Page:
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Friday, October 14, 2016

Our Special 200th Video Dinner with the Preacher. With a Special Shout Out to Eddie Bledsoe

Dinner with the Preacher

Disclaimer: Many of the stories are completely fictional.  Other stories are fictional accounts of true stories.  Other stories are completely true.  Sometimes the names have been changed to protect the innocent.

Let me start out by saying that this story is completely made up.  So many of our visitors have asked that I tell them when a story is true or made up that I feel I should make that clear from the beginning.

The character Freddie Saidso is based very loosely on my very good friend Eddie Bledsoe.

Eddie Bledsoe was the youth director at Flat Rock Baptist Church.  For our stories, I have renamed it Flint Stone Baptist Church for our stories.

My very good friend Tim Harris had asked me to come visit his church, Flat Rock, but I kept putting him off.  I had a home church that I attended most Sundays. I was raised Southern Baptist.

One night, Tim Harris and his twin brother, Steve, along with our friend Phil
Brown were coming home from a movie and Tim saw Eddie in his car heading in the opposite direction from the way we were headed.  We were both stopped at a red light.

I performed what I called my “Patented I Turn” on the spot. This was sort of a modified U-turn.  In my mind, it was like turning on a dime.  In reality, it probably was just a U-turn.

Anyway, to make a short story long, as I am wont to do, we followed Eddie to Stewarts Restaurant, which had formerly been a Waffle House. It was so much like a Waffle House that most of us still referred to it as Waffle House.

I was introduced to Eddie and we went inside to eat.  I have a very strange sense of humor that most people tend to ignore because many of my deadpan jokes are not funny.  However, Eddie laughed at practically everything I said.  I told Tim that Eddie was drunk, high, or crazy.  I went on to say he could be a combination of all three.

Later, my family and I visited Flat Rock Baptist Church and joined that same day.  I will share more about Eddie and Tim in later stories but for now, without further eloquence, is our story, Dinner with the Preacher. Remember this is ALL made up.

Freddie Saidso was the preacher at Flint Stone Baptist Church. He was not married, so each Sunday one family or the other would treat Freddie to Sunday dinner. Sometimes they would take him out to eat.  Other times they would invite him over for a home-cooked meal.  Either way, Freddie was happy he was eating a meal he did not have to cook.

The church members had secretly set up a schedule of families so that they were sure Freddie got invited to dinner.  It seems that on the Sundays that Freddie had a dinner invitation, the congregation would be out the door by five minutes to twelve.  On the rare occasion that Freddie did not have an invitation to dinner, the sermon was good for about two hours.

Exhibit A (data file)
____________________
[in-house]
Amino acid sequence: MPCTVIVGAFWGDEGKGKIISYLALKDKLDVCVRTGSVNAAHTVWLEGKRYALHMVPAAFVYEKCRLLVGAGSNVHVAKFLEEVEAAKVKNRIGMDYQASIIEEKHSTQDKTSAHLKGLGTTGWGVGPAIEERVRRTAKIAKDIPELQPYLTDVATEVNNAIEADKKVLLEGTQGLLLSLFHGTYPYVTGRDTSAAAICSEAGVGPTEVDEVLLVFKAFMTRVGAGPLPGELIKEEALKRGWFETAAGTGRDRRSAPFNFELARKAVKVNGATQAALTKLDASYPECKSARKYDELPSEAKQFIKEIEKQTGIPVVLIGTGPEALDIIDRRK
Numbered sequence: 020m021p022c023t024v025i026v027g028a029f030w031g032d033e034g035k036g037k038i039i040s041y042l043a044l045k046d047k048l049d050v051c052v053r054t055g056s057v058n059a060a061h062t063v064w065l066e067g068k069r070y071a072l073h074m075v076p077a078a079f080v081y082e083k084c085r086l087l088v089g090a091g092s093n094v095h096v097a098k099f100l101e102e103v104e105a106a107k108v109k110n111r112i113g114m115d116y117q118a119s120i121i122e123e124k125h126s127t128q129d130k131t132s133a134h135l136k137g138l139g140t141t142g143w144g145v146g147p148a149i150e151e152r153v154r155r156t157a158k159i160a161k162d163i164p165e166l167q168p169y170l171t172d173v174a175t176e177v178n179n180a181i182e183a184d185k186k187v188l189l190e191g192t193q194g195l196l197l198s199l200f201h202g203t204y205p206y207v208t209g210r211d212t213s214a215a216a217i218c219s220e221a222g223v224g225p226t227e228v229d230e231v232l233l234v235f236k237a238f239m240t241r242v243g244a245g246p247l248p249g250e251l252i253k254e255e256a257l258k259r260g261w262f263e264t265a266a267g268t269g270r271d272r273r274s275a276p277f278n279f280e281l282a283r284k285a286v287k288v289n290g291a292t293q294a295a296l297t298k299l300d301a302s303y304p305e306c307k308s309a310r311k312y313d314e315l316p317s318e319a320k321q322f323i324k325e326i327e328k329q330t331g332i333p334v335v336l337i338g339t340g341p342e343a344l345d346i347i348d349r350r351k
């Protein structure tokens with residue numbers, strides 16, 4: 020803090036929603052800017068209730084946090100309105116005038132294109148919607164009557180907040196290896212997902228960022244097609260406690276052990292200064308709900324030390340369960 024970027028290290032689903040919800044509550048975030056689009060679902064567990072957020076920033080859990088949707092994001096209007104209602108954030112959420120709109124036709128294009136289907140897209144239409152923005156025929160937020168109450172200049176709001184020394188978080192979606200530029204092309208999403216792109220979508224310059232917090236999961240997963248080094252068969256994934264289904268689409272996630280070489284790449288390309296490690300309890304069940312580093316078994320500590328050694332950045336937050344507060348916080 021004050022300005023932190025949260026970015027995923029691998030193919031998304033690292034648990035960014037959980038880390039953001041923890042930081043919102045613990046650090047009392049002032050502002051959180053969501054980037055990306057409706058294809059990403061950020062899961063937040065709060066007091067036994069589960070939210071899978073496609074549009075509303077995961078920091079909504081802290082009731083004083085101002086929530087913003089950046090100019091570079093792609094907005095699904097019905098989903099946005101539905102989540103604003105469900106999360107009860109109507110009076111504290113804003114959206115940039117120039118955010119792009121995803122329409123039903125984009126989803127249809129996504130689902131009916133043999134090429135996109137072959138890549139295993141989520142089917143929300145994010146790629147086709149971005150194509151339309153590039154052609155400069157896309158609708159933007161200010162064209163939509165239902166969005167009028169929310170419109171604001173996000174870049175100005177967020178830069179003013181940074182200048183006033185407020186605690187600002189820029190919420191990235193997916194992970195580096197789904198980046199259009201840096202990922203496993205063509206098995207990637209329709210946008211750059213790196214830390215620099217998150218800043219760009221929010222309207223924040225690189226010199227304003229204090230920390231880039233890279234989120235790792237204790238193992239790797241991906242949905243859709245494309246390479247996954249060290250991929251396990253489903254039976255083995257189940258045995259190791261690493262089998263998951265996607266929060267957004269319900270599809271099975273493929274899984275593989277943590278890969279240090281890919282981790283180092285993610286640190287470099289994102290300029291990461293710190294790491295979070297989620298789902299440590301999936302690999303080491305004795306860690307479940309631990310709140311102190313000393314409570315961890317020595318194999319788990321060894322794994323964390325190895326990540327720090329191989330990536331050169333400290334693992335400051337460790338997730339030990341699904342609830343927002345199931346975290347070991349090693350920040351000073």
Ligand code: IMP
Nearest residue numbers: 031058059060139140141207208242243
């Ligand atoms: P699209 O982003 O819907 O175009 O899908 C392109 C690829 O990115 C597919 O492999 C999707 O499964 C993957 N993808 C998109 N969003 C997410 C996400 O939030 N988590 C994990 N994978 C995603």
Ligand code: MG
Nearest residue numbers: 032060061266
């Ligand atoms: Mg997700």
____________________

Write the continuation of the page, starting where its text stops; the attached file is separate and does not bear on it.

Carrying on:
Freddie had a way to make his voice sound something like fingernails on a chalkboard on the Sundays there was no dinner invitation.

It was the Bird family’s turn to feed the preacher.  Mrs. Bird made great fried chicken and biscuits.  Freddie could taste the chicken as he preached.  This particular Sunday, church goers got the Reader’s Digest Condensed version because Freddie’s ever-growing tummy was sending him signals to wrap up the sermon.

Freddie went home with the Birds and they sat down to the table.  Mrs. Bird had fried up three chickens and made a whole passel of biscuits, along with collard greens, black eyed peas, potato salad, deviled eggs, and big old glasses of Southern sweet tea.

Mrs. Bird, like any good Southern lady, made her tea with so much sugar that you could stand a spoon up in it and it would not touch the sides.  The sugar would hold up the spoon.

As they were eating, a storm blew in.  There was all manner of thunder and lightning.  The rain was coming down in buckets.  Pa Bird noticed there was only one piece of chicken left and offered it to Freddie.

Freddie really wanted the piece of chicken but knew it would not be polite to take the last piece and so he declined the offer with a polite, “No, thank you.”

Well, the last piece was offered to each member of the Bird family and each member, in turn, politely declined it because that was the proper thing to do.

About the time the last member of the family politely declined the offer of the last piece of chicken, a large clap of lightning hit nearby and the lights went off.  Shortly after the lights went off, there was a loud scream and then the lights came back on.

There was Freddie with his hand holding the last piece of chicken with eight forks stuck deep into the back of his hand.

Don’t get between a Southern Baptist and fried chicken.  The results are not pretty.
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  1. Ill-mannered or not, I don't think that I would have refused that offer of the last piece of chicken. :)

    1. I agree. They shouldn't offer anyone the last piece of chicken if they did not want and expect someone to take it. Pass the biscuits please.


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